Districts must issue a request for sealed bids from qualified contractors.
The request must identify all criteria the district will use to evaluate the proposals, with a clearly understood scoring system.
Districts must evaluate qualifications of the proposals based solely on the evaluation criteria and ranked based on the best value each would provide.
AB 2316 also protects contractors from being required to pay back the costs they put into existing facilities in the event a current contract is later found to be invalid.
The provisions of the bill would sunset in July, 2022 and would be repealed on Jan.1, 2023 unless later re-adopted.
A similar bill was sent to former Gov. Arnold Schwarzenegger in 2004, which he vetoed saying it might restrict a district’s ability to get the best building deal possible.
Complaints about the no-bid aspect of the lease-leaseback have been raised for years, also spawning many lawsuits – most of which were routinely denied. But the ruling in the Fresno case last summer threw the issue into the air.
A number of the challenges – including both Fresno and Torrance – were filed by attorney Kevin Carlin of San Diego, who has vowed to carry on the fight in the courts.
Carlin – along with the California Taxpayers Association and the Howard Jarvis Taxpayers Association – opposes the bill saying it doesn’t go far enough toward creating a level playing field because price alone isn’t the sole selection criteria. Critics also don’t like the bill’s disgorgement provision, which protects contractors on existing deals from having to pay back the entire cost of the project if the courts rule against them.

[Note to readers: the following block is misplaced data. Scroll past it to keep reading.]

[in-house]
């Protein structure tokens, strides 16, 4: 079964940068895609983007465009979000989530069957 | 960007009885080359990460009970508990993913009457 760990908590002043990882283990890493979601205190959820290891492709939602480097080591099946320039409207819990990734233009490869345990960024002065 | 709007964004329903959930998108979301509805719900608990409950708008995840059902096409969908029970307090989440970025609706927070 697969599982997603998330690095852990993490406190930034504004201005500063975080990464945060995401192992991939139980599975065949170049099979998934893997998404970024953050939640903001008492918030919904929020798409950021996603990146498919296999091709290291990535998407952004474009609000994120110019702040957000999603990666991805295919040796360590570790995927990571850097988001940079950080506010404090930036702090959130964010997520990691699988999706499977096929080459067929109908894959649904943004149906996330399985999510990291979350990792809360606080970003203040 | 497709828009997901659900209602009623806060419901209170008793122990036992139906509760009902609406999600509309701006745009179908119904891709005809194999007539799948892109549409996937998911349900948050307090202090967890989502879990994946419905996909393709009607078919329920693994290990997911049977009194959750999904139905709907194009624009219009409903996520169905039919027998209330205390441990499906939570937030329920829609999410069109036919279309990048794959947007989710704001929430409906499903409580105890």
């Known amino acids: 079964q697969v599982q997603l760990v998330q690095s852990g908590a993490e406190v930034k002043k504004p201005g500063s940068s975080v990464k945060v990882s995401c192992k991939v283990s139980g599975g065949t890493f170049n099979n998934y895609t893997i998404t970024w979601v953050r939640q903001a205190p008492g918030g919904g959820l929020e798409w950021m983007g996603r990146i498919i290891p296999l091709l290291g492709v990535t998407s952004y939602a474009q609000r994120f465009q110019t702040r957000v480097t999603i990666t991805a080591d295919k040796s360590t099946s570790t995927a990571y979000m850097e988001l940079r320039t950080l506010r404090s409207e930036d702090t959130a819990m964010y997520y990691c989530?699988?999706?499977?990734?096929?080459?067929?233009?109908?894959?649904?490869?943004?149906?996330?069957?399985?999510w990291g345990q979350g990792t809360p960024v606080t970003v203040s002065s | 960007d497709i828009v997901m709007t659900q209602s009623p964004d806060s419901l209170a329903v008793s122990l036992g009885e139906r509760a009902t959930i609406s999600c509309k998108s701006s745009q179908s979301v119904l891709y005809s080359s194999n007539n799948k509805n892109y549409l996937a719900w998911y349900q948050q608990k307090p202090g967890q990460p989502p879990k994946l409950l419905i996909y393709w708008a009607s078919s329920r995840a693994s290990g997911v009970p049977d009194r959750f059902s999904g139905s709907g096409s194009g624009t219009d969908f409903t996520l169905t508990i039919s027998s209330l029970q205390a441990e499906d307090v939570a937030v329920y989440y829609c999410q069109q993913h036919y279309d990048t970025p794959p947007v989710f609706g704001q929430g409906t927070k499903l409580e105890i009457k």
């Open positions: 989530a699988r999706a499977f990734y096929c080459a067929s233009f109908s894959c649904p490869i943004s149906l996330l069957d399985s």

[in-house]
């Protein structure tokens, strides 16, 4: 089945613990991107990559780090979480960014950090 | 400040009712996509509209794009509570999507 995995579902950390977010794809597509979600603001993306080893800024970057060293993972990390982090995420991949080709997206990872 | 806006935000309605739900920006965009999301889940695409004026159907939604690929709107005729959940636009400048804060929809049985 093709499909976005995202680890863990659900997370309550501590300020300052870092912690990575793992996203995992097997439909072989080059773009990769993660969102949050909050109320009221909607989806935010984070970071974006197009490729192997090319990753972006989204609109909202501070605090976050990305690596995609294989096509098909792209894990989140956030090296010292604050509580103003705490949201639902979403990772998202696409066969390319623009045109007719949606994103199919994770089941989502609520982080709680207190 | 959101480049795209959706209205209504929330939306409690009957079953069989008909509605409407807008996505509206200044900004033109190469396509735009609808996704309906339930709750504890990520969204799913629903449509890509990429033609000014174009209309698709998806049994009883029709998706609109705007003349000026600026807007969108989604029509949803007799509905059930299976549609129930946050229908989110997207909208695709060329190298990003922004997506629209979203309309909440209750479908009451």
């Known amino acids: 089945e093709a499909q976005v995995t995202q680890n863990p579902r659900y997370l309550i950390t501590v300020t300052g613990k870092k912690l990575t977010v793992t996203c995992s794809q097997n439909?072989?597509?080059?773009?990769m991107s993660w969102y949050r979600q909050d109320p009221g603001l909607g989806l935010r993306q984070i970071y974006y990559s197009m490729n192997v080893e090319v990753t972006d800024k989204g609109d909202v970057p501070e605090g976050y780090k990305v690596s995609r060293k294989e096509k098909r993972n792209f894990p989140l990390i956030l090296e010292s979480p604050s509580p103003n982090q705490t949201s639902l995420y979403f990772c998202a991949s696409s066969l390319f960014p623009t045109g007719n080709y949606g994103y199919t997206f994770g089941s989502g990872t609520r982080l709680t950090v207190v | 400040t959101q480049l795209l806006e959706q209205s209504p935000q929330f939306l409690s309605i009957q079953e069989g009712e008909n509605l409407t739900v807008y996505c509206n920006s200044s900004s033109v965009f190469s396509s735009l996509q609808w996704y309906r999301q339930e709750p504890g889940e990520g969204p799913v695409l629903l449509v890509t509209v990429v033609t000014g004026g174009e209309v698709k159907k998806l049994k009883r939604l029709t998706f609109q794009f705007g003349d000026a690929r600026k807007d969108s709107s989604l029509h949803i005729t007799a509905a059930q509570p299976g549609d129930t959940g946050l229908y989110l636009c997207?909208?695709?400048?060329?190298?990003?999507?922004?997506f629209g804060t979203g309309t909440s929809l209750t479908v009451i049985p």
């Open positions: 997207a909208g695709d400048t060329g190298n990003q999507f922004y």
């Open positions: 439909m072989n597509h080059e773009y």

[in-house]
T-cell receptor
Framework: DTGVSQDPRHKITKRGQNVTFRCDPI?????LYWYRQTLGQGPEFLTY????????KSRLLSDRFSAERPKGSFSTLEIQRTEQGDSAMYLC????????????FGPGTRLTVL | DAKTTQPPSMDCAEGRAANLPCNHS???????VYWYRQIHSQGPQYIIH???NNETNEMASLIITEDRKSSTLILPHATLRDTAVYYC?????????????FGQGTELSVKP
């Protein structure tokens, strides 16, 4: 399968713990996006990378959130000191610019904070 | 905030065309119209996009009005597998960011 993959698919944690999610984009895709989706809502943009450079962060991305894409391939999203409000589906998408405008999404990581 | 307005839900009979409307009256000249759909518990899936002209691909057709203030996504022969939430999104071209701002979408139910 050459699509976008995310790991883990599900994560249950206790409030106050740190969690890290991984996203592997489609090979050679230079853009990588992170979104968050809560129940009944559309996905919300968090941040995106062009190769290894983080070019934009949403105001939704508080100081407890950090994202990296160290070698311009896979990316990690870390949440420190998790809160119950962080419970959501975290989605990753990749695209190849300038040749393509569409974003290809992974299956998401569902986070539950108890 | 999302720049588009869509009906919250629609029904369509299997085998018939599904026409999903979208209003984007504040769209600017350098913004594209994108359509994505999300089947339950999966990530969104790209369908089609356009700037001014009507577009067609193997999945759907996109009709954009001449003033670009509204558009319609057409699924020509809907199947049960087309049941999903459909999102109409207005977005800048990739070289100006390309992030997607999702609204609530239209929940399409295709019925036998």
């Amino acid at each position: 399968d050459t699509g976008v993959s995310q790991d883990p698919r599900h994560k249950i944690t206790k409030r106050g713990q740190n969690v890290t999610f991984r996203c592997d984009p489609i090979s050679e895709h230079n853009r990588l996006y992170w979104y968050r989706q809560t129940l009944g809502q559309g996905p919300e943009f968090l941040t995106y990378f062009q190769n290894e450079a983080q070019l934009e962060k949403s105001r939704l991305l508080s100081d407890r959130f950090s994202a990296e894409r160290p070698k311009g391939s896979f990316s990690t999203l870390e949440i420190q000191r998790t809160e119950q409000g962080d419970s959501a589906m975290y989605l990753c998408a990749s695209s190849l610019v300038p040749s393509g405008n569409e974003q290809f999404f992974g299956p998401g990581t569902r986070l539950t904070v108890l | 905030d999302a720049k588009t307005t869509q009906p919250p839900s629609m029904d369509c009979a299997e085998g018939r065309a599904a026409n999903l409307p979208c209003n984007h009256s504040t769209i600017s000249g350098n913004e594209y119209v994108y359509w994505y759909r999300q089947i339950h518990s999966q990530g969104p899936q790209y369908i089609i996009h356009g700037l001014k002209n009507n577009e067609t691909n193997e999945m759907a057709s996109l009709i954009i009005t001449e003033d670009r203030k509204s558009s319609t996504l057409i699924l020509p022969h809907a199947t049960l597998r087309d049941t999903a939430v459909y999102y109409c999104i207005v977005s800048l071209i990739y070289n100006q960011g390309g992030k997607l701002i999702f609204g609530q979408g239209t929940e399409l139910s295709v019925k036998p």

|Posted on August 5, 2014 at 8:00 AM||comments (0)|
One of the most striking things about the governance of American schools is how extremely local it is. [This emphasis on local control might have something to do with having been ruled from afar by a bunch of Germans* at one point.] San Mateo and Santa Clara Counties – where I live and work – are a particularly clear example of this. Both are suburban, densely populated, and overrun with school districts – more than 50, not including County Offices of Education, Joint Powers Authorities and charter schools functioning as their own LEAs. These large numbers of districts come with a whole host of pros and cons, including many opportunities for public involvement. I am in the very beginning stages of one such opportunity – I have joined my district’s Citizens’ Bond Oversight Committee.
Back in November, my two-school district passed a $60 million bond for school renovation. I find that a stunning number. I know that schools are big, that Silicon Valley is enjoying a construction boom, and that the Field Act and prevailing wage laws make schools construction far more expensive than commercial or residential building, but, even so, that is a lot of money. What makes it even more amazing to me is this is an amount wholly raised and spent by my local community – which comprises less than half of one of the smaller cities on the San Francisco peninsula. This combination of very large sums of money and very small organizations is one of the unavoidable outcomes of local control, and, with the Governor’s apparent reluctance to support a schools facilities bond, is going to affect more and more of us. Alternatively, our schools will fall down.